Well, it’s been over 1000 miles now on the KTM and it’s becoming more familiar each time I take it out. Am I pleased? Absolutely, I have never felt more at ease. After years of riding a sports bike using soft panniers, plastic bags and bungee cords for trips away it was always an adventure but I’d be more comfortable locked up in a set of gallows. So, if my main interest was touring why the sports bike? I suppose at that time I wasn’t ready to go for a big trailie as the point, squirt and shoot appeal of my Kawazaki Ninja was still fun. When I started to look for an alternative after realising I was only ever going to get my knee down if I binned it on a roundabout I wasn’t prepared to spend on a GS so I considered an old Africa Twin, V-Strom, Varedero and even a Caponord but nothing at the time really appealed so I put the idea to rest. Temporarily.
Riding down the coastal highway in Muscat, Oman with a old friend of mine, between us, an old Yamaha (with no baffles in the exhausts so you had to shut the throttle down when you past the local law enforcement who are not to be tested!) and a Harley, which somehow freely passed by the audio cops despite being equally as loud. We had blue sky, a glass sea to our left and rolling desert and mountains to our right. The ride was the start to of an adventure, we were off diving and then 4×4’ing into the interior though I could help daydreaming about how unbelievably cool it would be to have the perfect bike to journey from blacktop to graded roads to desert tracks. My interest in the big trailie was reignited.
When it came to it, the choice was between a GS and the KTM. I’d taken both out, read the reviews, checked prices, talked to some local bike shops and listened to owner’s opinions. When I finally decided after all the technicalities it was down to the bike that appealed to me the most and the one I felt suited ‘me’, and my riding style.
The KTM is a massively enjoyable bike, adaptable in it’s ability and has loads of character. Initially it’s looks, height and size can be a touch intimidating but feels immediately easy and light to ride once on the go. The simple physicality of the riding position twinned with wide bars really gives you the ability to lever the bike around and being so upright allows for confidence inspiring visibility.
The 990cc V-twin has enough power despite what gear selected. When you need it, you just know it’s going to be there. This in mind, the re-occurring comments about low speed, fuel injection and immediate throttle response do make for a twitchy ride in traffic and the noisy cooling fans kick in not long after you have to wait in any queue. Apparently, top speed is somewhere around 140mph though I’ll leave that to those that know as I’m more interested in how many miles on average I’ll get out of the tank on a steady run. There’s no fuel gauge, the only indicator is a reserve light on the dash that should see you to the next fill up, as long as it’s no more than about 18 miles. The fuel tanks design lends itself to maximising the space available and as a result you get twin filling caps that only add a small amount of time when refuelling. So far, it’s a conservative 150 between stops.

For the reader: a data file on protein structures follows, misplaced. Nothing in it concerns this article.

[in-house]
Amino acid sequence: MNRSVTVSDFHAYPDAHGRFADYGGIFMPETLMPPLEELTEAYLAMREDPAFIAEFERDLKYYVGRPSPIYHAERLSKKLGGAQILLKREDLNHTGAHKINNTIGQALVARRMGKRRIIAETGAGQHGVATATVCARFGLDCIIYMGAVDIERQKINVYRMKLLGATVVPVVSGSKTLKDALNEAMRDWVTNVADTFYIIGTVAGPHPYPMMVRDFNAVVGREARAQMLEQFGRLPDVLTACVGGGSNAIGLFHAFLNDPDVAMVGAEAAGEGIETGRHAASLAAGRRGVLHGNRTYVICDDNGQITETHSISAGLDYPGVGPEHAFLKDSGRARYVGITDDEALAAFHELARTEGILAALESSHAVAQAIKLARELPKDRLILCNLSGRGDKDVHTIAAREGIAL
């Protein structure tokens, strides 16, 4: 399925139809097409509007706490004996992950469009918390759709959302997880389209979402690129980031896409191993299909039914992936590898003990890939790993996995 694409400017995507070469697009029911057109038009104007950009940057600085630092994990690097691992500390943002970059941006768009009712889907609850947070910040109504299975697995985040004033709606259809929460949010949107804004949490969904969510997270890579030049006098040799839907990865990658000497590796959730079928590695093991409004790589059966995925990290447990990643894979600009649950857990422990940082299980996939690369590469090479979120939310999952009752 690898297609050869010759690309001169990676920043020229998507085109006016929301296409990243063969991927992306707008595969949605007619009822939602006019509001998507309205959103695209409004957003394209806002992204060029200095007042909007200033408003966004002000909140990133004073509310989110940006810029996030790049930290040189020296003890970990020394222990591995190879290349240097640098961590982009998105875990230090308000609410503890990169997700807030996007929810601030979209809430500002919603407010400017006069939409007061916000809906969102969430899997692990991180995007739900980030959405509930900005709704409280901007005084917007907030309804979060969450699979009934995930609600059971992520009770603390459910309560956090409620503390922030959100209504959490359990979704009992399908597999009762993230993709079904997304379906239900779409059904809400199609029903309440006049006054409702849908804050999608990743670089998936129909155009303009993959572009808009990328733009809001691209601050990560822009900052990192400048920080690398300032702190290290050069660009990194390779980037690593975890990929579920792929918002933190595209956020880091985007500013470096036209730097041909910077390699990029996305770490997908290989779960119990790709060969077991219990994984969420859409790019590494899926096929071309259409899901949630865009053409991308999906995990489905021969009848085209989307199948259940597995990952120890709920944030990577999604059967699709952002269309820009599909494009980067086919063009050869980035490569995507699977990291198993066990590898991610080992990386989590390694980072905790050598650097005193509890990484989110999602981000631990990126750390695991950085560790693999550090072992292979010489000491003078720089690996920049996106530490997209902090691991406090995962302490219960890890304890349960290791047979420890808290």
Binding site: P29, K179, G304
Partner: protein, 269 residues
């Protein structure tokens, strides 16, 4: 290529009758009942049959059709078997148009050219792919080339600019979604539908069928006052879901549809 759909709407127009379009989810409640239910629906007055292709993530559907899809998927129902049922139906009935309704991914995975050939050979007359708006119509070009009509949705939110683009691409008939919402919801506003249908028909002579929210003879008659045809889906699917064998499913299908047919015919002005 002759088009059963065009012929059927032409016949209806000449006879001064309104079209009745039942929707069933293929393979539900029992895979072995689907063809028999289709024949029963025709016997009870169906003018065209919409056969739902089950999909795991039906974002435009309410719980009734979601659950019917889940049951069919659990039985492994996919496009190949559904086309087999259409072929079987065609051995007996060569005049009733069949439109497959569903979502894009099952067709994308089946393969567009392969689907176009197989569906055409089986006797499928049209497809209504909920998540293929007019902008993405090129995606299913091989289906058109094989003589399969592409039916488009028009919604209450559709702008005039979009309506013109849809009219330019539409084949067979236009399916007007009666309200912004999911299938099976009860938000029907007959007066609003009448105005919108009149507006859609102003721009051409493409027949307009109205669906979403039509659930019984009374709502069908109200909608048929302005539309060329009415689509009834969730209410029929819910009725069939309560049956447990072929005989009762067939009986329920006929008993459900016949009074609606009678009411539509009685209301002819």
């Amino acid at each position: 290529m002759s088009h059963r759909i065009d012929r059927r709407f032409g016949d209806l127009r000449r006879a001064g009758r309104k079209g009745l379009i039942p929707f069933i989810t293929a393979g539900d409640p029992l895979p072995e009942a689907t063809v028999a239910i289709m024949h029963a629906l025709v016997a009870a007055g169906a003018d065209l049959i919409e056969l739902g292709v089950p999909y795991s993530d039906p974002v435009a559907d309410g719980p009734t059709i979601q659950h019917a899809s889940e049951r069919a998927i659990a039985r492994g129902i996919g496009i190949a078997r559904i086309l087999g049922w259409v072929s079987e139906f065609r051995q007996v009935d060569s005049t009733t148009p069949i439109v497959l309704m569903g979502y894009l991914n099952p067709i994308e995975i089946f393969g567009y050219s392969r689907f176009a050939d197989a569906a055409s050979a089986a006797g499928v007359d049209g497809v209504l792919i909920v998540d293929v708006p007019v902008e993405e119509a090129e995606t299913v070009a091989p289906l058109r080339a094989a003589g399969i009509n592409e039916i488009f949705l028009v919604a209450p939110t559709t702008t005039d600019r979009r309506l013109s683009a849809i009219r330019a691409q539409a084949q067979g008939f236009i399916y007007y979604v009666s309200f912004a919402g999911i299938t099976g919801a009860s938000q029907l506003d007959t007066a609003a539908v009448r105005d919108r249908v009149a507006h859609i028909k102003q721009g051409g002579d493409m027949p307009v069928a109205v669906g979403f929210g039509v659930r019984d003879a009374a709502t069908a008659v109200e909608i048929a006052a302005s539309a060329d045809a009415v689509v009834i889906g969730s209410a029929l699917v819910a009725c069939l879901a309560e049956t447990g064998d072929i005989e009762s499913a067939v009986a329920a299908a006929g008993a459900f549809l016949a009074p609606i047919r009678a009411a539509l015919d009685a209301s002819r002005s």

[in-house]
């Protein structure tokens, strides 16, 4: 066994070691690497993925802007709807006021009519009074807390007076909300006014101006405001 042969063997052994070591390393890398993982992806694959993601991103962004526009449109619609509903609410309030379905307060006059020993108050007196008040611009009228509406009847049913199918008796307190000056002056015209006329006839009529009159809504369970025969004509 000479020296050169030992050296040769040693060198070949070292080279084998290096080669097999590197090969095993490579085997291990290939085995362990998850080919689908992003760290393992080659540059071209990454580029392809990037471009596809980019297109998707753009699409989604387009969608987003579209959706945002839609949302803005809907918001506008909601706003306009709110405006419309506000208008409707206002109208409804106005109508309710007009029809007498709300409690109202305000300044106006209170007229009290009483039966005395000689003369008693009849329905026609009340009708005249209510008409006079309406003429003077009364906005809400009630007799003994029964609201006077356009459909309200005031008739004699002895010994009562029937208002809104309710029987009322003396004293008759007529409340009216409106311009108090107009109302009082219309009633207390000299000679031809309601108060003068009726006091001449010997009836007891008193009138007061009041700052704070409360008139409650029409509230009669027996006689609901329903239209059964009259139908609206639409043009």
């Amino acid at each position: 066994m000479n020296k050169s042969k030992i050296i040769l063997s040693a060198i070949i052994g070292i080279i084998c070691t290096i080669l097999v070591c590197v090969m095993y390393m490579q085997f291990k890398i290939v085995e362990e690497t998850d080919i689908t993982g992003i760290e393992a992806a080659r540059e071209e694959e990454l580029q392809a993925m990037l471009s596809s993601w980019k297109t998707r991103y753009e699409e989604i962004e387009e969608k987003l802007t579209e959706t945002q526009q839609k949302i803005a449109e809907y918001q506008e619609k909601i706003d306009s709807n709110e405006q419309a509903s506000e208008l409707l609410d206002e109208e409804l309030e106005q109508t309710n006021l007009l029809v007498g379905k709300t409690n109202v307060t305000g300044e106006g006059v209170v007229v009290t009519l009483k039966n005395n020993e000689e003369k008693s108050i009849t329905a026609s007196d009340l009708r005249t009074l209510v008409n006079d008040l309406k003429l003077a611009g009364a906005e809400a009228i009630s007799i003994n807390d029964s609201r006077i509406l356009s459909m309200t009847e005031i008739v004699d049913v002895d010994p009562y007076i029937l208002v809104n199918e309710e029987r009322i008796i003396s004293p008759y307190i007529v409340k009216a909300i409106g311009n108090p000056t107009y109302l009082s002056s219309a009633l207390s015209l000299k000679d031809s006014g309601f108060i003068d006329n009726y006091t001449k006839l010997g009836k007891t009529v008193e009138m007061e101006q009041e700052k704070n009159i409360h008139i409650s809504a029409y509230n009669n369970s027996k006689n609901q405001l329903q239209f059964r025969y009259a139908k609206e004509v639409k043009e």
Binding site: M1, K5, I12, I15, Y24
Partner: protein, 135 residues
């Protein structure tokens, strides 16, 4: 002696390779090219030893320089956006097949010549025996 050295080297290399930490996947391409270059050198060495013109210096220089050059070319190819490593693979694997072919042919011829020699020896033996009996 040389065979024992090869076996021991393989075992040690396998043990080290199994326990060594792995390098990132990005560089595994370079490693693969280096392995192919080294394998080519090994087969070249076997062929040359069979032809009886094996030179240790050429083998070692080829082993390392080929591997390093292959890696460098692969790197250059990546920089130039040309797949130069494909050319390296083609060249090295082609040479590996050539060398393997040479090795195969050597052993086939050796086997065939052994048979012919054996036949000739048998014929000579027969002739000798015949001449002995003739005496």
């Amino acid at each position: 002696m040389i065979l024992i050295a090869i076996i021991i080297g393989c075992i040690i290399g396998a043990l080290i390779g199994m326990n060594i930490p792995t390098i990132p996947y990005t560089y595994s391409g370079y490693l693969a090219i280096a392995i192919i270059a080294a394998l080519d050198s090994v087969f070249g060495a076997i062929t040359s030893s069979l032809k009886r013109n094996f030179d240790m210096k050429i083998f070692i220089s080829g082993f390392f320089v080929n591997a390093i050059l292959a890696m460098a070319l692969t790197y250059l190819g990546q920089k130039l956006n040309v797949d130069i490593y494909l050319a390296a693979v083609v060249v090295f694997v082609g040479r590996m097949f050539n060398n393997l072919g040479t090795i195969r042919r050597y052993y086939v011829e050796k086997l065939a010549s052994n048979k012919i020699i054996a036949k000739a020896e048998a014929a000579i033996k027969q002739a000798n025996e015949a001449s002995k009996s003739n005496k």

Loading up with the KTM luggage couldn’t be more simple. These robust, waterproof, lockable panniers slot into the pannier rack have a single lever clasp to secure them to the bike and add protection and presence. Keep the luggage weight balanced and the handling doesn’t have a marked effect on the go. Watch whilst tipping the bike at a very slow speed or whilst manoeuvring as only the strongest will be able to keep it upright!
The Adventure’s off road capability just makes you scan the roads for a quiet piece of country track or fire road to take off on to. I’m not going to call myself an off road rider but I’m comfortable on some rougher stuff and when the back end skids around you can’t help but grin after the initial panic. To get the most out of the bike would take many years of practice so I’m going to find a course to learn a few essential skills taught by an expert rather than by my mistakes! Controlling the bike standing on the pegs is a whole new experience. I couldn’t help feeling that if my legs were a couple of inches shorter the riding position would be perfect. Being so tall I find my self hunched over slightly. If the technique is to use your thighs and bend your legs for support I’d best get down the gym. These rally riders must be super fit.
This combination of power, manoeuvrability, practicality and comfort are ideally suited to what I want the bike to be able to do and I’m looking forward enjoying the KTM on a trans Alp trip this summer with Alun. The essence of this bike really is ‘adventure’ and if you’re not inspired to plan a trip or just get out there then you’d best consider another way to enjoy yourself!